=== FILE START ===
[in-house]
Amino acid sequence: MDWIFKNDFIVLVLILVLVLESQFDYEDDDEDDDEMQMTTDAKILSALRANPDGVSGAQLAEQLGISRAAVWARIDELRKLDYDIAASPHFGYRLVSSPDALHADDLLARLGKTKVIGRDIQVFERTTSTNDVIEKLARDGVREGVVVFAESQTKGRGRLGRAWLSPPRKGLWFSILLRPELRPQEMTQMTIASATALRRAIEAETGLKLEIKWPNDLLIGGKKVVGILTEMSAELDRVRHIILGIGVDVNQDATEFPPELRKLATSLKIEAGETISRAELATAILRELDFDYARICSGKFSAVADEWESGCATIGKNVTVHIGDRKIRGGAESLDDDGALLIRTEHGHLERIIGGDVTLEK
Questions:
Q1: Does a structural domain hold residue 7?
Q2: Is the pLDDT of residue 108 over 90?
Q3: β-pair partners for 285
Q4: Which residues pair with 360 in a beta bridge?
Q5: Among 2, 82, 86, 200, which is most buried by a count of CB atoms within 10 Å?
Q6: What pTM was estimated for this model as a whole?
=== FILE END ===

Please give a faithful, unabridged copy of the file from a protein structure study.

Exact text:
[in-house]
Amino acid sequence: MDWIFKNDFIVLVLILVLVLESQFDYEDDDEDDDEMQMTTDAKILSALRANPDGVSGAQLAEQLGISRAAVWARIDELRKLDYDIAASPHFGYRLVSSPDALHADDLLARLGKTKVIGRDIQVFERTTSTNDVIEKLARDGVREGVVVFAESQTKGRGRLGRAWLSPPRKGLWFSILLRPELRPQEMTQMTIASATALRRAIEAETGLKLEIKWPNDLLIGGKKVVGILTEMSAELDRVRHIILGIGVDVNQDATEFPPELRKLATSLKIEAGETISRAELATAILRELDFDYARICSGKFSAVADEWESGCATIGKNVTVHIGDRKIRGGAESLDDDGALLIRTEHGHLERIIGGDVTLEK
Questions:
Q1: Does a structural domain hold residue 7?
Q2: Is the pLDDT of residue 108 over 90?
Q3: β-pair partners for 285
Q4: Which residues pair with 360 in a beta bridge?
Q5: Among 2, 82, 86, 200, which is most buried by a count of CB atoms within 10 Å?
Q6: What pTM was estimated for this model as a whole?